In this book, Mauro F. Guillen explores differing historical patterns in the adoption of the three major models of organizational management: scientific management; human relations; and structural analysis. Moving beyond Reinhard Bendix's "Work and ...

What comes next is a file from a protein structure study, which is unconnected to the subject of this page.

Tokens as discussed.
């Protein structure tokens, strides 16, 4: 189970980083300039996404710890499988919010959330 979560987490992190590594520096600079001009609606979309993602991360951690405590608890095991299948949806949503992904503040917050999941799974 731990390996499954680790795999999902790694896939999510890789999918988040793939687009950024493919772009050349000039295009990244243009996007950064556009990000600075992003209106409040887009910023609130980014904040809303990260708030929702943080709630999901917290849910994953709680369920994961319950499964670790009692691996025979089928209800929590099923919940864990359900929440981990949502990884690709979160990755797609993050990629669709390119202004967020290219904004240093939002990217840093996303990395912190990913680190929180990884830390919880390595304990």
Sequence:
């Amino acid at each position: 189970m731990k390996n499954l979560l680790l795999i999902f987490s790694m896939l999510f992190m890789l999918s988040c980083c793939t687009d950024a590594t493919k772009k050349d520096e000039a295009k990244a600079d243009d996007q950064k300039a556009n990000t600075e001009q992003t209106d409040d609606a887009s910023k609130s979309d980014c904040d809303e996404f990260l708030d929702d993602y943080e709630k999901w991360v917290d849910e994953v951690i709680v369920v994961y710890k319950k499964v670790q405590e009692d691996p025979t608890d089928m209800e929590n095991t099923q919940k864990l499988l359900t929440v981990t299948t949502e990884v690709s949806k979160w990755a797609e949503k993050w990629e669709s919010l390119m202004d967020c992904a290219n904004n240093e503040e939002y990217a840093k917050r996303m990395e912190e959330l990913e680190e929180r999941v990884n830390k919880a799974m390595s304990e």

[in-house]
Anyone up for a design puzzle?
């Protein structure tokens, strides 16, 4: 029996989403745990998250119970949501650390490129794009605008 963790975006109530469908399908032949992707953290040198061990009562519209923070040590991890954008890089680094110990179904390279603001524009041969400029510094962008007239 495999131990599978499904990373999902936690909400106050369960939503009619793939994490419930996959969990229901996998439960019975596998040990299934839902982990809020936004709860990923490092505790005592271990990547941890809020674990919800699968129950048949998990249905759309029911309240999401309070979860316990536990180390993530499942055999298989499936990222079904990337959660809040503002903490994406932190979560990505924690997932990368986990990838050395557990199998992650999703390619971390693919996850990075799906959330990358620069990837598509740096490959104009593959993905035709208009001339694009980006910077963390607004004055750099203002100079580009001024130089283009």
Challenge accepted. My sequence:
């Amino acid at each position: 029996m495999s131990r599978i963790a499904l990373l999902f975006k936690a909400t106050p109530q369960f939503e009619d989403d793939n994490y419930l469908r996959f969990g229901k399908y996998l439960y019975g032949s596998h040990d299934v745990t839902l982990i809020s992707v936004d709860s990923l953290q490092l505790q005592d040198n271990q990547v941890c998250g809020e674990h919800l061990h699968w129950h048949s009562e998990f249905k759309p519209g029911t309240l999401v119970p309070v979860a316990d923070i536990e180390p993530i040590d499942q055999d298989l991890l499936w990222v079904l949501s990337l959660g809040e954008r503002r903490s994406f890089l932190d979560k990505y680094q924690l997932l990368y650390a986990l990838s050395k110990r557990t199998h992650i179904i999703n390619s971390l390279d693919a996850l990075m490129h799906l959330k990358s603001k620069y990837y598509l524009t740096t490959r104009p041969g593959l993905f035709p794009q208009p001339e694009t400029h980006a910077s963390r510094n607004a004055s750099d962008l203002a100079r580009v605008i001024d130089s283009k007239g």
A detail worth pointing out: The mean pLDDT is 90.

Authority", "Models of Management" takes a fresh look at how managers have used these models in four countries during the 20th century. Guillen's study of two liberal-democratic societies (the United States and Great Britain) and two corporatist societies (Germany and Spain) reveals significant differences in the way managerial elites and firms have adopted the three models. His data show that ideas themselves - independent of material interests and technology - can cause organizational change. Throughout the book, contrasts between modernist-technocratic and liberal-humanist mentalities, as well as between Protestant and Catholic religious backgrounds, emerge as decisive factors in determining managerial ideology and practice. In addition to analyzing management methods in organizations, Guillen explores larger issues: the interaction among managerial, government and labour elites; the impact of the state and the professions on managerial behaviour; and the role that managers play in modern societies. This book won the Marvin B. Sussman Prize, Yale University and the President's Book Award, Social Science History Association.